Riyadh, Asharq Al-Awsat—US President Barack Obama is visiting Saudi Arabia on Friday following a tour of European capitals earlier this week, in order to reassure the Washington’s Arab allies of its commitment to the region.
Obama is set to meet with Saudi King Abdullah Bin Abdulaziz Al Saud in Riyadh, with Saudi Arabia confirming that the two leaders will discuss ways of enhancing bilateral relations and international issues of common interest.
US National Security Council spokesperson Bernadette Meehan said “the two leaders will discuss our ongoing cooperation to advance a range of common interests related to Gulf and regional security, including Iran, Syria, negotiations between the Israelis and Palestinians, countering violent extremism, and other issues of prosperity and security.”
“The President values the King’s insights, and looks forward to meeting with him in person to discuss a very robust agenda,” she told Asharq Al-Awsat.
“It will be an opportunity to reinforce one of our closest relationships in the region and build on the strong US-Saudi military, security and economic ties that have been a hallmark of our bilateral relationship,” she added.
The visit comes at a sensitive time for the Middle East. This is the first time Obama has visited Saudi Arabia since the ouster of Egyptian President Hosni Mubarak in 2011 and comes amid regional divisions over the Muslim Brotherhood. Saudi Arabia designated the Muslim Brotherhood a terrorist organization earlier this month amid diplomatic tensions between the Kingdom and Qatar over the Islamist group.
Tamara Cofman Wittes, the director of the Saban Center for the Middle East at the Brookings Institute, told Asharq Al-Awsat: “Obama’s visit to Riyadh is important. It should be the beginning of continuous and more intensive dialogue. It is important to have clear day-to-day channels for dialogue, with confidence on both sides that those channels are authorative and decisive.”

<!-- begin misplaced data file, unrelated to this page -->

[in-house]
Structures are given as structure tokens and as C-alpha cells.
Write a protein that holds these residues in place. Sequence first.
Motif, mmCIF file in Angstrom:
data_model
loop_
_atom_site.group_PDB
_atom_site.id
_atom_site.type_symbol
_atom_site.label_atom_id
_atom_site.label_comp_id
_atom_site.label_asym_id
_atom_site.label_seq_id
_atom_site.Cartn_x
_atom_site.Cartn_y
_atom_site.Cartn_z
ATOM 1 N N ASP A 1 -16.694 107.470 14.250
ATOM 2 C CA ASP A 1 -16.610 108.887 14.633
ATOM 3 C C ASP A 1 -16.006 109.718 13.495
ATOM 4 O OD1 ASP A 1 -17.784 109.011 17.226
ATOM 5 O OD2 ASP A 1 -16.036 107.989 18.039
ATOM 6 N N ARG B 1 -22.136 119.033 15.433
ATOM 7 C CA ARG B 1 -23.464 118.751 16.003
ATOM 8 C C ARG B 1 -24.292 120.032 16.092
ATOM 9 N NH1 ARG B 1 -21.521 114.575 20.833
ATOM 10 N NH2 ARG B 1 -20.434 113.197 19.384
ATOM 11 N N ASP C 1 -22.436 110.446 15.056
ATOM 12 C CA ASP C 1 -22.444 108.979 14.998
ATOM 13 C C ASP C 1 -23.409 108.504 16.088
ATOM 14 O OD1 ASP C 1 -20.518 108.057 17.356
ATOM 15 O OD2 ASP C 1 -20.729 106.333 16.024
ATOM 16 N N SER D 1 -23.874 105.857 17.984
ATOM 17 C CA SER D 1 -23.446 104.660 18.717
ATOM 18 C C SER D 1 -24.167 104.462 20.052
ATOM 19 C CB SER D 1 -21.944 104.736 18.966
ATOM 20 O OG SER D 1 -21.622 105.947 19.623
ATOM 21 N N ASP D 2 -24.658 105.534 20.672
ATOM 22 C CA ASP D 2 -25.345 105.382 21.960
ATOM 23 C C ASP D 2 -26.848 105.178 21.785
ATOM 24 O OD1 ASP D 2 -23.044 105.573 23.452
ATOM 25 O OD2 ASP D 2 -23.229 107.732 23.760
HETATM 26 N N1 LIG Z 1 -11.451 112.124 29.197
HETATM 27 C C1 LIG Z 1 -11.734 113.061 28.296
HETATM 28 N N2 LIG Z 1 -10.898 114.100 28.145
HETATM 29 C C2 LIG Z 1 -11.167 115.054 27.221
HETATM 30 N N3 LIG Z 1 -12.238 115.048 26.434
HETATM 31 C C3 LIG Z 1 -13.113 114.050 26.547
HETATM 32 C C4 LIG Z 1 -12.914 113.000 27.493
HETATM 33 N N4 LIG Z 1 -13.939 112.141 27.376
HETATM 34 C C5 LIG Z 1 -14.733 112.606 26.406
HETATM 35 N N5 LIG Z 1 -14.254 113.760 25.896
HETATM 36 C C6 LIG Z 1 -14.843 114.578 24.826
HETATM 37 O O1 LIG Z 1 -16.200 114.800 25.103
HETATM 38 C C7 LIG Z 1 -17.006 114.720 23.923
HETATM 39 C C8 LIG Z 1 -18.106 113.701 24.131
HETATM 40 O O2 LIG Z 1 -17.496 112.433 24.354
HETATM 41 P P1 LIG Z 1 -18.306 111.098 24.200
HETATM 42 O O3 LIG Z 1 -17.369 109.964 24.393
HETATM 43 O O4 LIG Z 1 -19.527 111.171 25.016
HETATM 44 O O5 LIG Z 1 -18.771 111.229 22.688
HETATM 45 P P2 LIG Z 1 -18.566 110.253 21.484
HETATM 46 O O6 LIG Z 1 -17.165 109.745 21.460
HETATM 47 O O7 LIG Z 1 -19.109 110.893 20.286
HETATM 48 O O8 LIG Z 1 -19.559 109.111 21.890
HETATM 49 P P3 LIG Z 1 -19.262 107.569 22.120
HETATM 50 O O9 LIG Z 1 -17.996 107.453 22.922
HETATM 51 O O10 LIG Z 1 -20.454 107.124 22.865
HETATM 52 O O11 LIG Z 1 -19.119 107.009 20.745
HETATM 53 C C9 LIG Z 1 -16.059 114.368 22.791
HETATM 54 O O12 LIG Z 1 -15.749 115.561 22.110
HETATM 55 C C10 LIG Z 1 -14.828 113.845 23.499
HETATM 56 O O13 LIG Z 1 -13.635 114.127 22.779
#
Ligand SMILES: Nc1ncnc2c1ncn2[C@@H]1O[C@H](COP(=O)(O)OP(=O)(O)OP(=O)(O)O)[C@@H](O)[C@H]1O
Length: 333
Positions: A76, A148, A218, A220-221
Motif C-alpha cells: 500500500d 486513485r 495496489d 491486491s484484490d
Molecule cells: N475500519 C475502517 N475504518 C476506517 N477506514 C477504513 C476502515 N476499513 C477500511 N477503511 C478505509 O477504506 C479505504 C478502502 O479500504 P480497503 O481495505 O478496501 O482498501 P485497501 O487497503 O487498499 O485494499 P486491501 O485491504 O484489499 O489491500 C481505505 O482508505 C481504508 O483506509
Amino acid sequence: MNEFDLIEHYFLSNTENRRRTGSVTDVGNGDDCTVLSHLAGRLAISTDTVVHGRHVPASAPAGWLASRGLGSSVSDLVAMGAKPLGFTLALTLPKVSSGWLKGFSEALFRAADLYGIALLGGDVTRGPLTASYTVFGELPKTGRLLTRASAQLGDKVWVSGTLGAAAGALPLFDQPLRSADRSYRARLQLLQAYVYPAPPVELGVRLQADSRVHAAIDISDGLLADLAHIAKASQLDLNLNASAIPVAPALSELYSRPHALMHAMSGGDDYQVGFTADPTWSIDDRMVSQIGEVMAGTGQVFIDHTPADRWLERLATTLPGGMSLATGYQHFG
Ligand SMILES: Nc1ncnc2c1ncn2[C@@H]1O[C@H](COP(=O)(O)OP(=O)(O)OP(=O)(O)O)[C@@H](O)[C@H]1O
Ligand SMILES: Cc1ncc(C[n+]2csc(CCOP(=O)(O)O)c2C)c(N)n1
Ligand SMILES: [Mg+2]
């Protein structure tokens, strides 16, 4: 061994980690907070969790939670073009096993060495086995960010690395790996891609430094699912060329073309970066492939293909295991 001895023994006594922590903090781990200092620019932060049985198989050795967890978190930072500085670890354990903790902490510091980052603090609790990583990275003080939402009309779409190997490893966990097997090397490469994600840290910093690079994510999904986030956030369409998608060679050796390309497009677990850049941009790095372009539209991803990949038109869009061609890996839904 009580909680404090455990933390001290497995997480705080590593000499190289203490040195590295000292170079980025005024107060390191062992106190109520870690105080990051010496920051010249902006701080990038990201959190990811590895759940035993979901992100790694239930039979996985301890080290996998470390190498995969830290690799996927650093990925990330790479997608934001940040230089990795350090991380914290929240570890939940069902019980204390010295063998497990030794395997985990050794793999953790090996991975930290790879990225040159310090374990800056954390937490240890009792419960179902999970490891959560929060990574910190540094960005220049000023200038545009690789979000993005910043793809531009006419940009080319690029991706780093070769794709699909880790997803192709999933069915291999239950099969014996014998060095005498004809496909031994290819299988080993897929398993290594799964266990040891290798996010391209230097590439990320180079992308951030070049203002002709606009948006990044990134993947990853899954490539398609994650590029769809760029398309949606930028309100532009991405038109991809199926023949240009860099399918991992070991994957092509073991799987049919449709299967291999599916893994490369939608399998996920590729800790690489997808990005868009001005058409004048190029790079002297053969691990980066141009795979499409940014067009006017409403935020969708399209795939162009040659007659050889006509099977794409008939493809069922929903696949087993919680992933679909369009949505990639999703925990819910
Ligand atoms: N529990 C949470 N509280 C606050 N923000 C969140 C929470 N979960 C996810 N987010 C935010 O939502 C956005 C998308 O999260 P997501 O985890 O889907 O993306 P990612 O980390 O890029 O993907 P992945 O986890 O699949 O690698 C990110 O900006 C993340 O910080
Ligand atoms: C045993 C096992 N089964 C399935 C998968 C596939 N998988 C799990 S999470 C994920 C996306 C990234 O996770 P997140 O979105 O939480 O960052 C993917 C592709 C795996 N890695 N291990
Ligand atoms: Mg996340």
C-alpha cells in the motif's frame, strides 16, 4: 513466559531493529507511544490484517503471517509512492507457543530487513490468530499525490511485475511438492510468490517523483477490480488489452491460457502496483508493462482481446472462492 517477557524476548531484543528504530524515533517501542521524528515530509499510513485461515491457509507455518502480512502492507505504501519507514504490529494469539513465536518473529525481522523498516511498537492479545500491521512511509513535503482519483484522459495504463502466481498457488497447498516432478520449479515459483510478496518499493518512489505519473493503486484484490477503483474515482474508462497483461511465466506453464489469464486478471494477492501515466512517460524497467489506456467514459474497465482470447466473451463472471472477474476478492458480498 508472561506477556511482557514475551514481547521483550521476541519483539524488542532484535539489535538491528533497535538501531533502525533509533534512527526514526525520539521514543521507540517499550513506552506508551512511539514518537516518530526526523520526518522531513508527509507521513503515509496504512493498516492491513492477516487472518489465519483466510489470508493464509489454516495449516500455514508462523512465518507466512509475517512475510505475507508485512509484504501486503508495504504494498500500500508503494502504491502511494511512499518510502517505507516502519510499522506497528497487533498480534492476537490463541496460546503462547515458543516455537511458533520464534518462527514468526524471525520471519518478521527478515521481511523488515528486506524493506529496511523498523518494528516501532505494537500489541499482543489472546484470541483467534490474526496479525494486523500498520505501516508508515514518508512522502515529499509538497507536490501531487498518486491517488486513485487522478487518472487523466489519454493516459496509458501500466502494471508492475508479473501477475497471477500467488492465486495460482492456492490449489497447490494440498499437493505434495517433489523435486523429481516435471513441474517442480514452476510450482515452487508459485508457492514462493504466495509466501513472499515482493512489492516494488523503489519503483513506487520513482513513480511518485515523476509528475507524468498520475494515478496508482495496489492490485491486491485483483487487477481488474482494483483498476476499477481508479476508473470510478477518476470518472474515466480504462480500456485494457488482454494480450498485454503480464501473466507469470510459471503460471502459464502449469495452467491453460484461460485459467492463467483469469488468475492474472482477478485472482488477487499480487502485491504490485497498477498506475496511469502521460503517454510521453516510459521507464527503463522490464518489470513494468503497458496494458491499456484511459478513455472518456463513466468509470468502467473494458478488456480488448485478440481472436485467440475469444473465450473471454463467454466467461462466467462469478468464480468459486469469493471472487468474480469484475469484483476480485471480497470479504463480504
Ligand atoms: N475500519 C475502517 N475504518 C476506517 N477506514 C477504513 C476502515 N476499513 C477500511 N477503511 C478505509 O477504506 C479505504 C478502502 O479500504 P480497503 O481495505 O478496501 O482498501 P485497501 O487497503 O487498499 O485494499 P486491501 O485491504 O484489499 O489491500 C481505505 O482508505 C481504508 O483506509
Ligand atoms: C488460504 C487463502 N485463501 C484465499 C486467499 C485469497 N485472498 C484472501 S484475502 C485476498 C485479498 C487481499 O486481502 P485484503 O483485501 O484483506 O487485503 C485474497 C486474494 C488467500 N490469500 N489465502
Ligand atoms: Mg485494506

Saudi Arabia has appeared concerned about Washington’s role in the region following its troop withdrawals from Iraq and Afghanistan, greater domestic energy independence, and rapprochement with Iran.
The US National Security Council spokesperson told Asharq Al-Awsat the two countries share core strategic interests despite any differences, saying: “Good friends sometimes have differences, but they are able to work through those differences. That is the case between the United States and Saudi Arabia.”
“Iran remains a critical part of our agenda with our Gulf partners. Even as we pursue a diplomatic resolution to the nuclear issue, our commitment to the security of our Gulf partners remains steadfast,” Meehan said.
Iran and the P5+1 group of world powers signed an interim agreement in Geneva in November last year in which Iran agreed to freeze parts of its nuclear program in exchange for a relaxation of economic sanctions. The countries are now working towards a comprehensive deal, with a six-month deadline fast approaching.
According to Meehan, during his trip Obama will address the Iranian issue with Saudi officials, and that he will “make clear to Iran’s leaders that its government’s sponsorship of illicit actions is unacceptable to the international community,” in the hopes of addressing one of Saudi Arabia’s key concerns about the thaw in US–Iran relations.
President Obama and the Saudi King will also discuss the Palestinian–Israeli negotiations and the ongoing Syrian conflict. “We share with Saudi Arabia a desire to resolve the conflict in Syria in a way that addresses all dimensions of the crisis. Our coordination of assistance to the Syrian opposition has been increasingly effective,” Meehan said.